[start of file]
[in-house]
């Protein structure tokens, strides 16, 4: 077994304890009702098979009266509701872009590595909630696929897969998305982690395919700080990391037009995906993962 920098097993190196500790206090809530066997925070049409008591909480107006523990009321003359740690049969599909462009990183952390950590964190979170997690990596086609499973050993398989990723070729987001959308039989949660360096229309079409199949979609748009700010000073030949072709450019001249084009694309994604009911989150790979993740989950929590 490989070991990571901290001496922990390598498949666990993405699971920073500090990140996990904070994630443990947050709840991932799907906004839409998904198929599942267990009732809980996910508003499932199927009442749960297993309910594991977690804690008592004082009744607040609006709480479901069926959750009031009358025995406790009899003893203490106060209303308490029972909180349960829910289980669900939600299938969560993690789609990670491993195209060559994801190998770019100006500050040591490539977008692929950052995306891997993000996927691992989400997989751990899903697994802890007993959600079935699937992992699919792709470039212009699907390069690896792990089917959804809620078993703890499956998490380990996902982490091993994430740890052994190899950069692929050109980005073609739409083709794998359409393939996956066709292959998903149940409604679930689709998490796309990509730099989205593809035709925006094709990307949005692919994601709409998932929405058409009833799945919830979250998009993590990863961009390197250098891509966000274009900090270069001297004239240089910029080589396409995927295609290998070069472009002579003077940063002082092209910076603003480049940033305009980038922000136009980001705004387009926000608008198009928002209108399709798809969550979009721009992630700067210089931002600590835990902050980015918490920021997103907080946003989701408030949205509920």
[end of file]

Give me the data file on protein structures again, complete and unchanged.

[in-house]
């Protein structure tokens, strides 16, 4: 077994304890009702098979009266509701872009590595909630696929897969998305982690395919700080990391037009995906993962 920098097993190196500790206090809530066997925070049409008591909480107006523990009321003359740690049969599909462009990183952390950590964190979170997690990596086609499973050993398989990723070729987001959308039989949660360096229309079409199949979609748009700010000073030949072709450019001249084009694309994604009911989150790979993740989950929590 490989070991990571901290001496922990390598498949666990993405699971920073500090990140996990904070994630443990947050709840991932799907906004839409998904198929599942267990009732809980996910508003499932199927009442749960297993309910594991977690804690008592004082009744607040609006709480479901069926959750009031009358025995406790009899003893203490106060209303308490029972909180349960829910289980669900939600299938969560993690789609990670491993195209060559994801190998770019100006500050040591490539977008692929950052995306891997993000996927691992989400997989751990899903697994802890007993959600079935699937992992699919792709470039212009699907390069690896792990089917959804809620078993703890499956998490380990996902982490091993994430740890052994190899950069692929050109980005073609739409083709794998359409393939996956066709292959998903149940409604679930689709998490796309990509730099989205593809035709925006094709990307949005692919994601709409998932929405058409009833799945919830979250998009993590990863961009390197250098891509966000274009900090270069001297004239240089910029080589396409995927295609290998070069472009002579003077940063002082092209910076603003480049940033305009980038922000136009980001705004387009926000608008198009928002209108399709798809969550979009721009992630700067210089931002600590835990902050980015918490920021997103907080946003989701408030949205509920």